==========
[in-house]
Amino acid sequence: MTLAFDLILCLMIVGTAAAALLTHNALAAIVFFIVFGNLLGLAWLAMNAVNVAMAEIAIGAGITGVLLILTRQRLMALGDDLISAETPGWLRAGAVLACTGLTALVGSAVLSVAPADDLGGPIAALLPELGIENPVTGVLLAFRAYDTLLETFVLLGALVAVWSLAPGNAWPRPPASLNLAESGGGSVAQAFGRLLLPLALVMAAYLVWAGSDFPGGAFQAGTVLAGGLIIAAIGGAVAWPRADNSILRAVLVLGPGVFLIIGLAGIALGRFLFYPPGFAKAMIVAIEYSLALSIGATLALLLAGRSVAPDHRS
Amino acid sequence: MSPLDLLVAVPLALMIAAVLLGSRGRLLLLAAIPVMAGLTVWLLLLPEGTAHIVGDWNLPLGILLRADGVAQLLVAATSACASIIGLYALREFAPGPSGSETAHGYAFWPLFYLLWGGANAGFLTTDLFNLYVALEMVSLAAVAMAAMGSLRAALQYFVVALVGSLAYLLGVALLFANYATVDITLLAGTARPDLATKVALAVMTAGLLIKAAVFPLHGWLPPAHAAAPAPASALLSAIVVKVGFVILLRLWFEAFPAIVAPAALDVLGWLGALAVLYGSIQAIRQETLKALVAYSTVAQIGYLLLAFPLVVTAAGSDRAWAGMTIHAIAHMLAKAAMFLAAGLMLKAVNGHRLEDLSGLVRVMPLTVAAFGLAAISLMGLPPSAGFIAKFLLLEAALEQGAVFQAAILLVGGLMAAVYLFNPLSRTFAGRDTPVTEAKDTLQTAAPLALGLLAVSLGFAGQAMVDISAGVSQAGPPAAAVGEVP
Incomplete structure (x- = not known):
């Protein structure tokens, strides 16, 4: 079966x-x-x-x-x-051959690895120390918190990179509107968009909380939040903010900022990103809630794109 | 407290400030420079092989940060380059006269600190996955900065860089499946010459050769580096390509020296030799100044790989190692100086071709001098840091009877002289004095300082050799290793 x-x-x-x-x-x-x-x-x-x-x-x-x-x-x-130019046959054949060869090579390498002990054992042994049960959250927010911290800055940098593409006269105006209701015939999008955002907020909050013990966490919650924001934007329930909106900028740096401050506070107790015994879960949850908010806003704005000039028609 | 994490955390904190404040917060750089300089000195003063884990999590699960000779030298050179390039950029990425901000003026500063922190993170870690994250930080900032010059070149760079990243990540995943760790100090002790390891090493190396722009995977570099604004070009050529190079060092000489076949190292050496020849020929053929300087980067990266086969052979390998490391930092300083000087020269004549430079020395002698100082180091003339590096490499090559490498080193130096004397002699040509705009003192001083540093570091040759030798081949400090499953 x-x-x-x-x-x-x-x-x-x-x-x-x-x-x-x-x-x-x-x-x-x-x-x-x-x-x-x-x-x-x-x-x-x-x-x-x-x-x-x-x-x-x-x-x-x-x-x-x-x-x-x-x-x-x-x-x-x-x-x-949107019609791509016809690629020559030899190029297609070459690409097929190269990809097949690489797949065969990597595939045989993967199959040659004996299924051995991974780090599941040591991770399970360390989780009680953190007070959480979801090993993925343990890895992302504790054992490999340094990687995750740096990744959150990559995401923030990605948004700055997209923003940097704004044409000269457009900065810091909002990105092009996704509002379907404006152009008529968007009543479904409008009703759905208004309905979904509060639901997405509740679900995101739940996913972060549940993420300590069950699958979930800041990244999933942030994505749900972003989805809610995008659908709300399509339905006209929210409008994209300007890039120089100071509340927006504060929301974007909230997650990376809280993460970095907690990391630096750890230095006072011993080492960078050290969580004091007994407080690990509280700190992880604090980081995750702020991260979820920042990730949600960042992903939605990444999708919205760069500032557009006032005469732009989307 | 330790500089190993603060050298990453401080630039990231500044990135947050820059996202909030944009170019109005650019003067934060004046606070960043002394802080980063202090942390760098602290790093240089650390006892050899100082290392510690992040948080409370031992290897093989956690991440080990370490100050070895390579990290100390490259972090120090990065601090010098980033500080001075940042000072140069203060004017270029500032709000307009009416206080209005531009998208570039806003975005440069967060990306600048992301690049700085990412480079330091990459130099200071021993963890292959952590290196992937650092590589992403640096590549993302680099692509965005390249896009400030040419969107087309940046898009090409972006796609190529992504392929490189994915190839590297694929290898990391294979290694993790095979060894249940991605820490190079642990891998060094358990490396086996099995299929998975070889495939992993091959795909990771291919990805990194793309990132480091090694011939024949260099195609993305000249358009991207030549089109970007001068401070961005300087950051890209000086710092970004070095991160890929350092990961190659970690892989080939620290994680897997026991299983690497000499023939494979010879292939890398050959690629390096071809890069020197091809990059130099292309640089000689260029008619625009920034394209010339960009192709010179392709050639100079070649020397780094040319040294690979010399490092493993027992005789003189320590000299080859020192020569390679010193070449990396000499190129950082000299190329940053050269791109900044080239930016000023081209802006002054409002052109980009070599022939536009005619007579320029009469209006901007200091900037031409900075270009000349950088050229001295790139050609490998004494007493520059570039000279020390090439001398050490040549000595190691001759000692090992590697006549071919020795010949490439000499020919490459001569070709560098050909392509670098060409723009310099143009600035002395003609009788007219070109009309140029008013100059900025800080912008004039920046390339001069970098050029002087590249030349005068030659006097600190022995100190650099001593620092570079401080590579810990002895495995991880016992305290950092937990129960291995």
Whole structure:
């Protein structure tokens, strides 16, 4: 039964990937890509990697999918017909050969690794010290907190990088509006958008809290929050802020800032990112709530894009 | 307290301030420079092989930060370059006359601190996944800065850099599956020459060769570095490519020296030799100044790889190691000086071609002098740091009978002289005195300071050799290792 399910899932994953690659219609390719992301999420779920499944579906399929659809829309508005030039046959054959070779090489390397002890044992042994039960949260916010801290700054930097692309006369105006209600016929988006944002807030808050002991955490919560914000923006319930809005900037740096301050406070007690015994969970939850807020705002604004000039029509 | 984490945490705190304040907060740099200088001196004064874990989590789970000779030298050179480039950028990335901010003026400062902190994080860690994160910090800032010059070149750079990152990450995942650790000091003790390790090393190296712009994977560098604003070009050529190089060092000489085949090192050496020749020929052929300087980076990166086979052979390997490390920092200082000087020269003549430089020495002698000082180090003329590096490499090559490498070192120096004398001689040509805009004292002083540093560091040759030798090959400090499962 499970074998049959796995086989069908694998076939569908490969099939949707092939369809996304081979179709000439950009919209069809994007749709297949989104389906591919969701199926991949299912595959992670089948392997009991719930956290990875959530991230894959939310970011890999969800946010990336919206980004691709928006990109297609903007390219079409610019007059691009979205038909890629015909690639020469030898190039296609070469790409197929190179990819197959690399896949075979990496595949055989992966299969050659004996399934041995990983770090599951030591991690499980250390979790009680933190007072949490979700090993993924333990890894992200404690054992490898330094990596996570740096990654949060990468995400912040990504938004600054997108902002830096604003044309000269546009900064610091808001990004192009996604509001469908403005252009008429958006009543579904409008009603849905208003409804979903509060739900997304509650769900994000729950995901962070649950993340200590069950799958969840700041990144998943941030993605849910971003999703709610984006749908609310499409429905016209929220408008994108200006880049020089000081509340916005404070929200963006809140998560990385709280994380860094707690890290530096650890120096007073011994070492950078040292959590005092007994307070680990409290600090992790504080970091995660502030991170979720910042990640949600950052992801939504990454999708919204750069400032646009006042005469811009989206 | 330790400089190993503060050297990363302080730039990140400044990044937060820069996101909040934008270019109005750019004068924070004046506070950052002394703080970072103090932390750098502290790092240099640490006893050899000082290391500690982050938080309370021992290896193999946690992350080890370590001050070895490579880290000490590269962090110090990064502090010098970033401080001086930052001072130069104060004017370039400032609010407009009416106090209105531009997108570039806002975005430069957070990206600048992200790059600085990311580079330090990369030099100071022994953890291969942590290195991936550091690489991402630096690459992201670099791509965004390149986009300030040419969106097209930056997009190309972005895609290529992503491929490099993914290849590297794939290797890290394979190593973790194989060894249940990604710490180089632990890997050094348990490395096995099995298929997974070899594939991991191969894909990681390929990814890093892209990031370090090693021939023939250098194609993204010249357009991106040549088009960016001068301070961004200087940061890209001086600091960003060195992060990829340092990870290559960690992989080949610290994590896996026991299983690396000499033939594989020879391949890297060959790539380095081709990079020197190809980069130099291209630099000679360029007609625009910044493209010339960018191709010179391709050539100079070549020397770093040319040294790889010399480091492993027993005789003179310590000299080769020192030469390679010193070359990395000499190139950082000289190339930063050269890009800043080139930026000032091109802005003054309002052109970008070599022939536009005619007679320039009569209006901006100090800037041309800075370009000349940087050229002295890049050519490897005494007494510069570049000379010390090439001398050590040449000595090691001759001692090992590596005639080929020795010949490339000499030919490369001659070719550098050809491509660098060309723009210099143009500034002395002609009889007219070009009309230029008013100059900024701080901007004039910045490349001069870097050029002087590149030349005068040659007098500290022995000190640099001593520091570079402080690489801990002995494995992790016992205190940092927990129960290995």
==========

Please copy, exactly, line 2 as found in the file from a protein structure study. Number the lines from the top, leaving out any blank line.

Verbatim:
Amino acid sequence: MTLAFDLILCLMIVGTAAAALLTHNALAAIVFFIVFGNLLGLAWLAMNAVNVAMAEIAIGAGITGVLLILTRQRLMALGDDLISAETPGWLRAGAVLACTGLTALVGSAVLSVAPADDLGGPIAALLPELGIENPVTGVLLAFRAYDTLLETFVLLGALVAVWSLAPGNAWPRPPASLNLAESGGGSVAQAFGRLLLPLALVMAAYLVWAGSDFPGGAFQAGTVLAGGLIIAAIGGAVAWPRADNSILRAVLVLGPGVFLIIGLAGIALGRFLFYPPGFAKAMIVAIEYSLALSIGATLALLLAGRSVAPDHRS